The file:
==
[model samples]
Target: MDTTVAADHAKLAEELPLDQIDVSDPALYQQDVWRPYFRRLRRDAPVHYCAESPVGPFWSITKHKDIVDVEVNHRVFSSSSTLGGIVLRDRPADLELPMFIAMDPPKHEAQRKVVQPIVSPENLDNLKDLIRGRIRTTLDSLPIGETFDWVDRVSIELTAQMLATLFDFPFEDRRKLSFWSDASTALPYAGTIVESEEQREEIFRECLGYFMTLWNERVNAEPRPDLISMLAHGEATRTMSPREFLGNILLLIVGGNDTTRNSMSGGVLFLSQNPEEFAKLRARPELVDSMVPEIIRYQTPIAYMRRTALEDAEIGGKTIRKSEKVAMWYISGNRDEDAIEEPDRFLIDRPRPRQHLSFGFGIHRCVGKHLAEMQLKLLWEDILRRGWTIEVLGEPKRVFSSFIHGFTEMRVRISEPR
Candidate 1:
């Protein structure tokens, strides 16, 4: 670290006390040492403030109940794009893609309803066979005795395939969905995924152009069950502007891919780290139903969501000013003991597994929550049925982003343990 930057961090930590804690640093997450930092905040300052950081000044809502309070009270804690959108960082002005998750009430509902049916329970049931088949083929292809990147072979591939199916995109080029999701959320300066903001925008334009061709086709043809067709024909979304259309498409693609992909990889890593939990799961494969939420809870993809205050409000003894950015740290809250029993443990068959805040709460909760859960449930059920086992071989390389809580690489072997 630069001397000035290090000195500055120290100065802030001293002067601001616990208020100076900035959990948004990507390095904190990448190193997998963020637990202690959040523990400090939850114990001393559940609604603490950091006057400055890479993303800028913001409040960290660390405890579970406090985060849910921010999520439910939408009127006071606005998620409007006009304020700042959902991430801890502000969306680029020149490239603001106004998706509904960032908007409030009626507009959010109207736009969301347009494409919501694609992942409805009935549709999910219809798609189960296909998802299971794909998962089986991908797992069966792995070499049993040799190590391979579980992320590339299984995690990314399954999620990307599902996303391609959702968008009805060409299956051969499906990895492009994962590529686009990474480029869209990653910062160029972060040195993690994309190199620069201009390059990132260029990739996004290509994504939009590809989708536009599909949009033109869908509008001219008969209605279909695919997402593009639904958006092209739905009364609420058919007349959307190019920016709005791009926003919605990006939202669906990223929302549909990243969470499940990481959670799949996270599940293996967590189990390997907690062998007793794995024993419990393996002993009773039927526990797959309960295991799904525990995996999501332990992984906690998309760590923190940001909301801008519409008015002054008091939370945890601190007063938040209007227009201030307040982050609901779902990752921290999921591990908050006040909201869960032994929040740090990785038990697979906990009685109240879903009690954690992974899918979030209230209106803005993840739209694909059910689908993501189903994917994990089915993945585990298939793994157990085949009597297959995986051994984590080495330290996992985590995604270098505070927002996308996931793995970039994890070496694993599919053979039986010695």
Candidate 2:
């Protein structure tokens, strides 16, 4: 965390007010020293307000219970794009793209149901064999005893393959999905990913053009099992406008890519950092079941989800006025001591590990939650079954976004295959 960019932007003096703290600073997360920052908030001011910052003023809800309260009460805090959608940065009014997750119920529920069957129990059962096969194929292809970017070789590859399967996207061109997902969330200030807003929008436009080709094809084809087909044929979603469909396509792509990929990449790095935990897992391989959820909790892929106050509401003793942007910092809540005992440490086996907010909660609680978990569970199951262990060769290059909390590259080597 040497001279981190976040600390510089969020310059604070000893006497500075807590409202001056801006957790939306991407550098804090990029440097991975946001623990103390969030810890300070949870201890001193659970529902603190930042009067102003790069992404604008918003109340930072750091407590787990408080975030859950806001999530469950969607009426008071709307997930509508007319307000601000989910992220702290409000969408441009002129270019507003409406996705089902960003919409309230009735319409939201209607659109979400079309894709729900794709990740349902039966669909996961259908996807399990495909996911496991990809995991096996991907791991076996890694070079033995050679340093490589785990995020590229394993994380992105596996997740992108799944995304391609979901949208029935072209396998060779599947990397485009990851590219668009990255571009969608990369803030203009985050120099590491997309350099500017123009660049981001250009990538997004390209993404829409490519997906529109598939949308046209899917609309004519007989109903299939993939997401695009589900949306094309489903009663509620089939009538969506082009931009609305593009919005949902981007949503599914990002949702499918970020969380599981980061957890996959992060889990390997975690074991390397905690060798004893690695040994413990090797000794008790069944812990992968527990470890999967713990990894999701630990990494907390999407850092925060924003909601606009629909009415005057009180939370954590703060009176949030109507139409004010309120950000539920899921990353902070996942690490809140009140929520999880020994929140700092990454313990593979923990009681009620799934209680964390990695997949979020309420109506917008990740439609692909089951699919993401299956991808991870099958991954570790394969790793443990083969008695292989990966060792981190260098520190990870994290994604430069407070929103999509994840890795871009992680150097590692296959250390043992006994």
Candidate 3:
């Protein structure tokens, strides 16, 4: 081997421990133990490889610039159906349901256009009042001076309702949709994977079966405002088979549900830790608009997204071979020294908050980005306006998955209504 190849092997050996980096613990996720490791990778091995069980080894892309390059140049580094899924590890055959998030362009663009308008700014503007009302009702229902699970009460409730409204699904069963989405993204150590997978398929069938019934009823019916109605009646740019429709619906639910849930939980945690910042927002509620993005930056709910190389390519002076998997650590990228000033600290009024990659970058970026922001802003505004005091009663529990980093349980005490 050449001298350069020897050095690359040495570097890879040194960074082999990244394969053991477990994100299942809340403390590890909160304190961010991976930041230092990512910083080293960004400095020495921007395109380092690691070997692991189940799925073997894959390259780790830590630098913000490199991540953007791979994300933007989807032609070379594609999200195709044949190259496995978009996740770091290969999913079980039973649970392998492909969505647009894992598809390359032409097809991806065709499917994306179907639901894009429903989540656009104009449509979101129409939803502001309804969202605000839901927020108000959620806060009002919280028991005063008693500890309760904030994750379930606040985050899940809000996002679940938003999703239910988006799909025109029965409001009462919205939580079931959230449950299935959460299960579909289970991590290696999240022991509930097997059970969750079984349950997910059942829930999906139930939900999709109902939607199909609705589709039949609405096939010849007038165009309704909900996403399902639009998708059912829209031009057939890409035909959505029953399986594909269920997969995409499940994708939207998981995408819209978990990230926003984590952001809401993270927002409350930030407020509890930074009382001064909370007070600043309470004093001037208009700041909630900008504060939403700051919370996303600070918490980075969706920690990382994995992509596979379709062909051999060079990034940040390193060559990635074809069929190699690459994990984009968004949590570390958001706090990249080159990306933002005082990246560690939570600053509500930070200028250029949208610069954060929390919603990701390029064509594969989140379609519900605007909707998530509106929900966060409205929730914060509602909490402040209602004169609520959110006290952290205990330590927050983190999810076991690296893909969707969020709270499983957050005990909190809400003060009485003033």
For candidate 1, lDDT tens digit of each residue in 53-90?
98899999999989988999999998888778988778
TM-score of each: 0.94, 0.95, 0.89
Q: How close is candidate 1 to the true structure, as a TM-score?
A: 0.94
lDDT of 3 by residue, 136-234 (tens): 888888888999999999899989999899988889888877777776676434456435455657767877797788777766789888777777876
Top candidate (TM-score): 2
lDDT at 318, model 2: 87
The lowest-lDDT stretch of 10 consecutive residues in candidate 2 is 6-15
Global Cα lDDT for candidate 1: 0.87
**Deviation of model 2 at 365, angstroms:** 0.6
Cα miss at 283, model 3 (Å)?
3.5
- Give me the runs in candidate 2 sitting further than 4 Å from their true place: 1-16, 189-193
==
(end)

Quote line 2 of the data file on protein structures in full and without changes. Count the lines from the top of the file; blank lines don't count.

Target: MDTTVAADHAKLAEELPLDQIDVSDPALYQQDVWRPYFRRLRRDAPVHYCAESPVGPFWSITKHKDIVDVEVNHRVFSSSSTLGGIVLRDRPADLELPMFIAMDPPKHEAQRKVVQPIVSPENLDNLKDLIRGRIRTTLDSLPIGETFDWVDRVSIELTAQMLATLFDFPFEDRRKLSFWSDASTALPYAGTIVESEEQREEIFRECLGYFMTLWNERVNAEPRPDLISMLAHGEATRTMSPREFLGNILLLIVGGNDTTRNSMSGGVLFLSQNPEEFAKLRARPELVDSMVPEIIRYQTPIAYMRRTALEDAEIGGKTIRKSEKVAMWYISGNRDEDAIEEPDRFLIDRPRPRQHLSFGFGIHRCVGKHLAEMQLKLLWEDILRRGWTIEVLGEPKRVFSSFIHGFTEMRVRISEPR